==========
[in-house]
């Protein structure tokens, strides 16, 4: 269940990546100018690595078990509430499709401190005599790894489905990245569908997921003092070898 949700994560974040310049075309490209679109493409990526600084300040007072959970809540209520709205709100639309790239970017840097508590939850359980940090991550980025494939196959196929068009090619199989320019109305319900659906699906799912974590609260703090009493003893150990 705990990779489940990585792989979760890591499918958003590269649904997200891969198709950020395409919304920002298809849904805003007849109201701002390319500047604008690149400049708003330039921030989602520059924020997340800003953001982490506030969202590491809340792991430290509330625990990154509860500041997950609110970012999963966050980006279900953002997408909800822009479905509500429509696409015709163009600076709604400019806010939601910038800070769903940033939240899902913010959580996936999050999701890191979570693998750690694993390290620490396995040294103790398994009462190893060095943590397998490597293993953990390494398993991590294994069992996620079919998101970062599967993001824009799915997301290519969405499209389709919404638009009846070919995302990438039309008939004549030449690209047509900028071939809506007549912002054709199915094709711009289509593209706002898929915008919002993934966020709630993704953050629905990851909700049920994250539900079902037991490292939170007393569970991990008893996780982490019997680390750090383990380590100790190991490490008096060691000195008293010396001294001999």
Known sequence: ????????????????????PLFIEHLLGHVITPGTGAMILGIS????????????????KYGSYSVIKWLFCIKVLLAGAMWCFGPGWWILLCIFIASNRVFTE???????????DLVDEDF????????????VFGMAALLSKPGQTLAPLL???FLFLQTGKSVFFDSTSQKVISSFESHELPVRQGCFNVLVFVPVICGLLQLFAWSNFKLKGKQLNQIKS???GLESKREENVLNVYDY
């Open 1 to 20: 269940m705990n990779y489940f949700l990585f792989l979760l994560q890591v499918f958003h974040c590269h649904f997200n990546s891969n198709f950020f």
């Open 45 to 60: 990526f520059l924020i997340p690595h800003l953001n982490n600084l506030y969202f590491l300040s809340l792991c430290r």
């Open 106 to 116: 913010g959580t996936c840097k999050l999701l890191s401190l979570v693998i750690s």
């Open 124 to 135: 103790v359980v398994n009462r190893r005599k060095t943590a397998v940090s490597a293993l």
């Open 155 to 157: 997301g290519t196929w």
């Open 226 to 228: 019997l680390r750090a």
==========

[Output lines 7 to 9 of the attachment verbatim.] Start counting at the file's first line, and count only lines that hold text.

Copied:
């Open 124 to 135: 103790v359980v398994n009462r190893r005599k060095t943590a397998v940090s490597a293993l």
């Open 155 to 157: 997301g290519t196929w």
């Open 226 to 228: 019997l680390r750090a």